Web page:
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jhaffFlag for Afghanistan

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change network address scope

the network i'm managing is having incredible performance problems.  i've replaced a ton of the underlying network hardware, but we're still having problems... my next step is to correct the network addressing scheme.

currently its a flat network - no vlans, subnets, etc. - with a class b netmask!  we probably have, at most, 700 devices on the network at the same time... obviously no need for a 65,000+ address space.

currently we're using  i'd like to keep the net id at but change the netmask to or scheme, but i'm worried i'm going to cause major headaches for myself.  anyone done something like this before?

i understand i need to fix all my routes, static ip's, dhcp scope to reflect the change, but is there something i may be missing?  am i going to screw up my dns tables?  switching arp tables?

any input is appreciated.

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The shortening of the subnet mask itself should not improve your network (unles some strange problem will not be solved by it just as a side effect). I would recommend to try to find the bottleneck in the network. If you have no dumb switches or so you are happy. You should create SNMP graphs from any interesting device/interface (bits per second, packets (unicast, broadcast and maybe multicasts too) per second, various errors per second). If you have the graph you usually are able to see an overloaded interface or the one which is generating errors.

Your network maybe full of broadcasts (it would be fine if you could meassure average broadcast rate) some device (switch)  may be overloaded, there maybe a station injecting corrupted packets. There maybe even viruses active in your network.

Once you will know what is causing the problems you can solve it...
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I'd have to agree with Tomand. From the sounds of it you are creating a lot of unneeded work for yourself that will not fix the performance issue.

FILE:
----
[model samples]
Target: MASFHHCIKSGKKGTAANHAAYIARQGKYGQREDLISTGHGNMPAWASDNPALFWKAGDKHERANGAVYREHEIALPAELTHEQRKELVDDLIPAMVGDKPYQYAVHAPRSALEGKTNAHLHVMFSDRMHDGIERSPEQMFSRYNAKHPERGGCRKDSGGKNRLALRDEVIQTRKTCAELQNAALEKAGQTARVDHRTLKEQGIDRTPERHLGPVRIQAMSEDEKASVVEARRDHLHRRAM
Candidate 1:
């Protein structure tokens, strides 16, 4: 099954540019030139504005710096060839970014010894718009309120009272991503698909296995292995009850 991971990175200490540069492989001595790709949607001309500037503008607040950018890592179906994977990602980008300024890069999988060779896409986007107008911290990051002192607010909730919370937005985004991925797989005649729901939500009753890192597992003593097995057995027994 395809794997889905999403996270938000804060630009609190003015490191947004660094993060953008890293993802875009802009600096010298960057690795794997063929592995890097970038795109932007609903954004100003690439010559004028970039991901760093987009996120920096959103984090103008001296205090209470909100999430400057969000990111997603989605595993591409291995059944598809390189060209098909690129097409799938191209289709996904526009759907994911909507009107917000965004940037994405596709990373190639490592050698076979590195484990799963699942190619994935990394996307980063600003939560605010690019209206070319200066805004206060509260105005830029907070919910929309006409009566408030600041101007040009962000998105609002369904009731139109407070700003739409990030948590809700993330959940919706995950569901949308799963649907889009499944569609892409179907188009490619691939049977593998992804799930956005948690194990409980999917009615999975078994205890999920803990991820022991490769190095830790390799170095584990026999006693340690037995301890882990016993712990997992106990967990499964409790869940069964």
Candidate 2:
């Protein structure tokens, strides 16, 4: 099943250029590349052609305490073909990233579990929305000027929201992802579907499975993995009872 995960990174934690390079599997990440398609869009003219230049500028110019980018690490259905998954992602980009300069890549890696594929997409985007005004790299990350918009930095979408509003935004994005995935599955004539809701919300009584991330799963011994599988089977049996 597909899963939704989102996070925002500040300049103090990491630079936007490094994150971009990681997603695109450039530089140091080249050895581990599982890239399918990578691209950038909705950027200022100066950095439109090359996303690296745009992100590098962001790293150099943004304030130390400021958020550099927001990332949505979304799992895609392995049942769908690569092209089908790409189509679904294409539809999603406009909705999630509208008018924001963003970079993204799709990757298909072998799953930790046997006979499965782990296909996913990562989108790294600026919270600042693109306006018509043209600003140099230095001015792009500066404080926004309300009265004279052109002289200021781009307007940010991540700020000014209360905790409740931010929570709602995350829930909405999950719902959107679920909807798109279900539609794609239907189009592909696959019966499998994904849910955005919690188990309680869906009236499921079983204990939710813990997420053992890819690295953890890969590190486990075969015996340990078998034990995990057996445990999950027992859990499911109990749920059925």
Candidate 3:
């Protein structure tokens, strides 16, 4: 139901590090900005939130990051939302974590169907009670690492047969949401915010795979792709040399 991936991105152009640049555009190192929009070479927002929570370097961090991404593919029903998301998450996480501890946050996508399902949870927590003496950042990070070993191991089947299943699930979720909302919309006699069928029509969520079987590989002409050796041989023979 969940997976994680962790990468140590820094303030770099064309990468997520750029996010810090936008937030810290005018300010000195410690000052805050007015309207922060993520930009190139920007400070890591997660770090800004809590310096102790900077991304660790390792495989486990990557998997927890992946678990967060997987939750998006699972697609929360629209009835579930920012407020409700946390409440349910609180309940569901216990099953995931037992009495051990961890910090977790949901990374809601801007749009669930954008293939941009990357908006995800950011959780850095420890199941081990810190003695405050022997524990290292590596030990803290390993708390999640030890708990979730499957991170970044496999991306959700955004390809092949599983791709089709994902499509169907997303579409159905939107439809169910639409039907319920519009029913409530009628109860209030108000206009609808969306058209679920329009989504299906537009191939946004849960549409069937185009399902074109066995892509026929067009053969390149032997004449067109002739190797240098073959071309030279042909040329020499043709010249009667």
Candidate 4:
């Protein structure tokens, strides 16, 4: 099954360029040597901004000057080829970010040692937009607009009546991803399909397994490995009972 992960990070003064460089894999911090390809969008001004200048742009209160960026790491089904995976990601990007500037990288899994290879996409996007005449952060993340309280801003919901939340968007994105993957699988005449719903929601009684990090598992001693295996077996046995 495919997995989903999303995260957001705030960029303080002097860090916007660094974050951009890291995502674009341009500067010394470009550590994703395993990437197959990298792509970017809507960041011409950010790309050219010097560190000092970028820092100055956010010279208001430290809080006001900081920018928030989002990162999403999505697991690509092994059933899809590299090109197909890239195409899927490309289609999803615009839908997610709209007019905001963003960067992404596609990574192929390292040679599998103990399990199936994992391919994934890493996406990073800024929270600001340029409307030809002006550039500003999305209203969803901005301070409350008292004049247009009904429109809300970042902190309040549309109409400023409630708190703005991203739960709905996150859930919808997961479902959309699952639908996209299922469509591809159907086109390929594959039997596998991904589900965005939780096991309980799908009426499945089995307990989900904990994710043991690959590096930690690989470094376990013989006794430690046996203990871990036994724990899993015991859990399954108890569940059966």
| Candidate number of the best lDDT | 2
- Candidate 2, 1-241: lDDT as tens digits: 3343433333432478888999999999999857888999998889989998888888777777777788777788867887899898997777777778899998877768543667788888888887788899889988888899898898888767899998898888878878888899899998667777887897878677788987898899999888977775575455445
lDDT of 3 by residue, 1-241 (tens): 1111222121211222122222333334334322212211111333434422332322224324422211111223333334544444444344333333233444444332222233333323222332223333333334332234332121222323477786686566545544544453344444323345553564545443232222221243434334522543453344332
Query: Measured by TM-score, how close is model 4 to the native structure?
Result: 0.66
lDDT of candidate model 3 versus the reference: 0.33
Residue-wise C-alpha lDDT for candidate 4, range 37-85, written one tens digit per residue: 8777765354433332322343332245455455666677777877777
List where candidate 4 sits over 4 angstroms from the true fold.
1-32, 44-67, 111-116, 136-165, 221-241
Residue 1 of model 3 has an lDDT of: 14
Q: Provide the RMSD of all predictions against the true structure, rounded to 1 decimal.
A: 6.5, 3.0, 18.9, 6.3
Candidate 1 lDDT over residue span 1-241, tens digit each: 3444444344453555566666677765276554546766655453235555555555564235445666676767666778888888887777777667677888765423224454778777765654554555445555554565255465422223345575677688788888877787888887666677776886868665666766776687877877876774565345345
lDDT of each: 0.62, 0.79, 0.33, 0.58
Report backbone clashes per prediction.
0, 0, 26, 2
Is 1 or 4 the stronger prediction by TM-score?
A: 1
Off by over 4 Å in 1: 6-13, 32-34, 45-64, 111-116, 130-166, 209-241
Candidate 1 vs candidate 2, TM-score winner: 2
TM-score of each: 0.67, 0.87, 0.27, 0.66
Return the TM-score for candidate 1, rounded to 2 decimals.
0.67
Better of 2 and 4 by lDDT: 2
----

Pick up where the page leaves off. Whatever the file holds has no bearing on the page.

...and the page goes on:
Can you describe more of your physical and logical setup of your network? Do you have 1 site or 25 sites? Also, please describe what performance issues you are having. Specific examples like is all email slow? during specific times? ect..
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i'm at 1 site... i've looked at graphs of our network traffic and have TONS of broadcast traffic... narrowing the ip scope will not help with that?  I was under the assumption that narrowing my broadcast domain will reduce broadcast traffic in turn reducing the total amount of traffic on the network... i could be wrong.

the performance issues that we're seeing are with external resources.  web speeds and access to external resources seem to be fine from the firewall, but as soon as traffic goes beyond the firewall - to our internal network - access to those resources takes longer than expected.
If you have that many devices I would start by looking into configuring rate limiting for your broadcast traffic especially over switch to switch links.

TONS of broadcast traffic means what rate of broadcast? I would expect tens of broadasts per seconds when there is 700 IPs on the network. If there is more broadcasts then it would be good to know what they are. Sure, there will be ARP queries and maybe something else which can be eliminated.If you can run on the proper place a packet sniffer (if you have switches which are able to mirror traffic to other port you can easily catch traffic on any port)

What is the operating system used in the network? Are there Windows station? I am not sure but windows sharing may produce some significant amount broadcasts ?

If there is large amount of broadcast (tens of per cents of total amount of packet, perhaps) and there is no way to eliminate some types of broadcast you should start to think about dividing the network into smaller subnets. It means use routing between subnets, maybe vlans, etc.